Death, murder, rape, harassment, hazing, or torture are not listed among the specific set of punishments for that particular crime.

However, that is what our legal and penal system is sentencing people to and none of us agreed to that. Therefore, all the people and institutions responsible for this violation of our social agreement and contract are in non-compliance, are in violation of their additional oath, and are the greatest criminals in this nation.

This argument, as you noticed in the beginning and throughout assumes quite a lot. It assumes that their is no racial, economic, or gender bias. It assumes that we agree to the laws as they are written and the outcomes of those laws. It assumes that we know what the sanctions are and that we agree to them. It assumes that oaths have actually been taken by our officers and that they can and should be held accountable. It assumes that the agreement we have made with our officials means anything at all.

However, if nothing has become glaringly clear over the last year, it is that all of these assumptions prove to be false and that means the entire system and all of its orchestraters, colluders, contractors, politicians, merchants and so on, are in violation. If this is true, then it must be the case that they do not serve us, THE PEOPLE, and that contradicts the entire United States Constitution, which invalidates our entire government.

The United States government is not a legitimate government; it does not receive consent from THE PEOPLE, it mandates it; and that is an autocratic, totalitarian system, not a representative democracy.

Why Climate Change Matters to Black Lives

Climate change is both a global issue and an environmental justice issue that threatens people of color lives the most.

The same moral justifications that support the Department of Justice and its derivative the police institution, which permits the murder of Black and Brown people, also serves as the moral foundation for maintaining economic disparities, political disenfranchisement, environmental injustice and as a result climate change. If we want to stop killing of black people, we cannot only look at the direct killings, done by police officers we must also look at the slow, insidious killing of black people through environmental pollutants.

As with most things in this racist system, marginalized communities like people of color, migrants and poor people get the short end of the stick. (Poor) Black people are literally breathing different air than rich white people, the places with the lowest air quality and highest levels of toxins are also the places where the majority of minorities live due to the lower cost of living in these places. This is why Black people have the highest rates of asthma and why black woman have high rates of infant mortality. Although climate change is affecting the entire planet, as with everything else, black people are getting the worst of it. We have already seen this during Hurricane Katrina and Hurricane Sandy, where Black people were the last to be rescued from the wreckage, and with climate change these disasters are becoming more frequent. As natural disaster frequency increases, those with money and power will be able to protect their own, leaving marginalized communities to fend for themselves.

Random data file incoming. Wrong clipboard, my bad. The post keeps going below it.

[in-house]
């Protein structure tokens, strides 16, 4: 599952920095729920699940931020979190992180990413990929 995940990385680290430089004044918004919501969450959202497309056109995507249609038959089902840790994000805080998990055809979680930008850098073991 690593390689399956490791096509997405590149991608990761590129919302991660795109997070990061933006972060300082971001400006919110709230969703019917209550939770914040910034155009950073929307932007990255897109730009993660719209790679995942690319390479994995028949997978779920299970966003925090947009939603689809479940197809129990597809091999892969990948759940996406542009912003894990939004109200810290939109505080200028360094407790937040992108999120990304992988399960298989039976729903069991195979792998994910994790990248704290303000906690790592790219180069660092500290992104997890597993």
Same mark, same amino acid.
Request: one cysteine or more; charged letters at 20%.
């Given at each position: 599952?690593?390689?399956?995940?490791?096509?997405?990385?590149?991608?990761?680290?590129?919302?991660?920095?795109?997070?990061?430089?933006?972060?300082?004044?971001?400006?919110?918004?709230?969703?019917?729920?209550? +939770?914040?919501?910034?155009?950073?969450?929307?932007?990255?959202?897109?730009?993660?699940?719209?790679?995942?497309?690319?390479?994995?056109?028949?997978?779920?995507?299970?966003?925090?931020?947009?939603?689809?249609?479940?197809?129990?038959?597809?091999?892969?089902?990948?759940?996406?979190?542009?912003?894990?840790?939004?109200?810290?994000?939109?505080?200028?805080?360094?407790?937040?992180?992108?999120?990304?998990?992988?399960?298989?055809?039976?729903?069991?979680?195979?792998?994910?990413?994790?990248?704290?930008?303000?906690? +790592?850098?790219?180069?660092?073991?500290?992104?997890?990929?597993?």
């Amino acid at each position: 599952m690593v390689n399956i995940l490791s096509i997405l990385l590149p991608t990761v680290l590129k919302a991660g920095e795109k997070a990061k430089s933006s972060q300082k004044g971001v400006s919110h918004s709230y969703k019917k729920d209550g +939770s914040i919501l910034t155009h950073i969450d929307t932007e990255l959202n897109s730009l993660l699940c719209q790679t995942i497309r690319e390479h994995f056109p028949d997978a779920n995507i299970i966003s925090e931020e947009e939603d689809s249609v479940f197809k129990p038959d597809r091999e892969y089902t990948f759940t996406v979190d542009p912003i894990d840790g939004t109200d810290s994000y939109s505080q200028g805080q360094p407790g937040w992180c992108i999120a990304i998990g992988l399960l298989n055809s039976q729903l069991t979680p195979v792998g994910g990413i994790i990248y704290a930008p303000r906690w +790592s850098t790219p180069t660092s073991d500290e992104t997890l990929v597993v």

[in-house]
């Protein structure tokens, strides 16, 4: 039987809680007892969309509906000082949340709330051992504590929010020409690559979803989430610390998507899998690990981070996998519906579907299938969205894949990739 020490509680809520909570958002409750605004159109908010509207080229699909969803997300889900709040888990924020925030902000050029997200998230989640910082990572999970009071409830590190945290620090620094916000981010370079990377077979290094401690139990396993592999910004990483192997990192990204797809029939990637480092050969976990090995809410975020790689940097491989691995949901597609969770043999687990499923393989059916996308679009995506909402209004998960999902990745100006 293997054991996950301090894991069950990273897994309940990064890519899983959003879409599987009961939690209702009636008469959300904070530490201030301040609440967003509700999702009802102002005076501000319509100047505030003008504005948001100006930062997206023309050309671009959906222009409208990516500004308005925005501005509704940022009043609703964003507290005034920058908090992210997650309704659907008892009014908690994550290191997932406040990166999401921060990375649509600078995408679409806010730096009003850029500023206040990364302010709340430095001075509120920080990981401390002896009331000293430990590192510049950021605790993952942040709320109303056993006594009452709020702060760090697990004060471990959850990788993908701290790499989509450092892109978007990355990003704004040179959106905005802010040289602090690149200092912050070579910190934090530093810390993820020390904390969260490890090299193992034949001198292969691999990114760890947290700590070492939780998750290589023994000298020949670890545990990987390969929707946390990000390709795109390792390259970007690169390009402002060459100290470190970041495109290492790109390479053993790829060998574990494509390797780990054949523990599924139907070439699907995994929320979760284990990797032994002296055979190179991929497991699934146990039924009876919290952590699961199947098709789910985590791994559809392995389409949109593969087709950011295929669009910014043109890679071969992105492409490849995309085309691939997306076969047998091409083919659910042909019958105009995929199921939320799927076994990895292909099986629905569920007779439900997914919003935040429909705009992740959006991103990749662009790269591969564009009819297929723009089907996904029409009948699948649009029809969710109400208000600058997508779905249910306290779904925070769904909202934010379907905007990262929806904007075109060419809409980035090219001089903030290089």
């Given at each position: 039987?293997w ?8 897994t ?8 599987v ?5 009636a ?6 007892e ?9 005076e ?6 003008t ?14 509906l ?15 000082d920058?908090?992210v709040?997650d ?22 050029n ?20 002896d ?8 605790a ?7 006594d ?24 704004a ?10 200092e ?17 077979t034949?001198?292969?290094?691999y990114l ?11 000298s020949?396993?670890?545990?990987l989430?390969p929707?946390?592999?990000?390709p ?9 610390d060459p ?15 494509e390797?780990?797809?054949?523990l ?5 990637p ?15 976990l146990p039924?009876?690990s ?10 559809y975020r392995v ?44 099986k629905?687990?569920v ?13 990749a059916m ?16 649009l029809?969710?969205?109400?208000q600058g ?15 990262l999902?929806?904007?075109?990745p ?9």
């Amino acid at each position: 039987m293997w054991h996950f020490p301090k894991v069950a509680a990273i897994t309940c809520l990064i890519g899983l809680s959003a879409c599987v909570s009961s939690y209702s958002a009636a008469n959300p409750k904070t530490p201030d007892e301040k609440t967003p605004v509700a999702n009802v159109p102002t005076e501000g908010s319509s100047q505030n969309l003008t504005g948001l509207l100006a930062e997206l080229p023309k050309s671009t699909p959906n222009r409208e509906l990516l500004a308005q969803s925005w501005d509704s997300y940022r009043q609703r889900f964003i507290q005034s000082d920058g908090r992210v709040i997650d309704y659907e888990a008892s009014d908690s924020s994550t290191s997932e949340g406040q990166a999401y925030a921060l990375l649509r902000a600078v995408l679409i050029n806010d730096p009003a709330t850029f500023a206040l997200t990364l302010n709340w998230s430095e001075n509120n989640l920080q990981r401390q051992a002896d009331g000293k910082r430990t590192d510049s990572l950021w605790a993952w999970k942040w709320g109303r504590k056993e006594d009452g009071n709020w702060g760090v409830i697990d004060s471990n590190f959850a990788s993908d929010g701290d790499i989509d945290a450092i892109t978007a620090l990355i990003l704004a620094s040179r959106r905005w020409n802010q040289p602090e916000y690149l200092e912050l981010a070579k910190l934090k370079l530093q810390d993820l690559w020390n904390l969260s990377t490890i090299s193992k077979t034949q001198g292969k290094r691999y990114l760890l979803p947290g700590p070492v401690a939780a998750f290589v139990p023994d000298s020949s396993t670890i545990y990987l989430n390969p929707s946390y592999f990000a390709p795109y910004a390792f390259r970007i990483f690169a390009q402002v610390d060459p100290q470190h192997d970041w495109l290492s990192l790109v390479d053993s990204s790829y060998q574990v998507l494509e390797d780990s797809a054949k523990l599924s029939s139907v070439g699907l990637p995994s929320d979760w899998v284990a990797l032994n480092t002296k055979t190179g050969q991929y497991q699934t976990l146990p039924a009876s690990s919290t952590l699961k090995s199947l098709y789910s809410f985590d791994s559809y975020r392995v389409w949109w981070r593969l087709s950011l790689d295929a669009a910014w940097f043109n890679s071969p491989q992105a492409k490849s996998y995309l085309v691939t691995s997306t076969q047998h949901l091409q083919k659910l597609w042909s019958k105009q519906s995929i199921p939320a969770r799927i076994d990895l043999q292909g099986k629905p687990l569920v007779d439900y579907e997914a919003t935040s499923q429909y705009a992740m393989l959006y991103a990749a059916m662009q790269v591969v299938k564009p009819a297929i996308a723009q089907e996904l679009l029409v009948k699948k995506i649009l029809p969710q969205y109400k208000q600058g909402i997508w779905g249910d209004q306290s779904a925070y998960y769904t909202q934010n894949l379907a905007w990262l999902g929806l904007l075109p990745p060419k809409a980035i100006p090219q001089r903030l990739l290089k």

If Black Lives Matter as much as White lives, we would have already done something about climate change. But it is not the elite and privileged in the USA, England or Germany who is already being affected by climate change but black and brown lives throughout the rest of the world. Droughts have already caused thousands of preventable deaths in Africa, the monsoons are already drowning people in India, the decreased snow-pack is already causing shortages of freshwater in South America, the melting glaciers have already caused thousands of Indigenous people in the Arctic to be displaced and the rising tides have already risen over Pacific Islanders homes. The failure of the Global community to take action on climate change to stop these impacts tells us that those in power do not believe #BlackLivesMatter.

To oppose one part of the system, and in particular Police Brutality, without recognizing the larger superstructure that is maintained by racist ideologies will not serve to unhinge the system that oppresses us. This superstructure, just like police brutality, is hinged to capitalism, and capitalism, as Malcom X said, cannot exist without racism. Capitalism is an extension of colonialism, which entails the exploitation of both our people and the earth, dislocating and destroying the relationships countless peoples once had with the earth, and commodified both. The White Supremacist Ideology emerged with colonialism as the Europeans systematically exploited the labor of people of color; the Indigenous from the ‘Americas’ and the Black People stolen from the African continent to be enslaved. This is the ideology and system of justifications that has been transmitted to the contemporary corporations that continue to exploit the people and the earth. So, opposing police brutality and not the slow, insidious killing of black people through environmental pollutants is simply not enough.

Climate Change matters to Black Lives because we are the first ones impacted and the most impacted globally, and at its base are the core racist ideologies that have led us to challenge police brutality.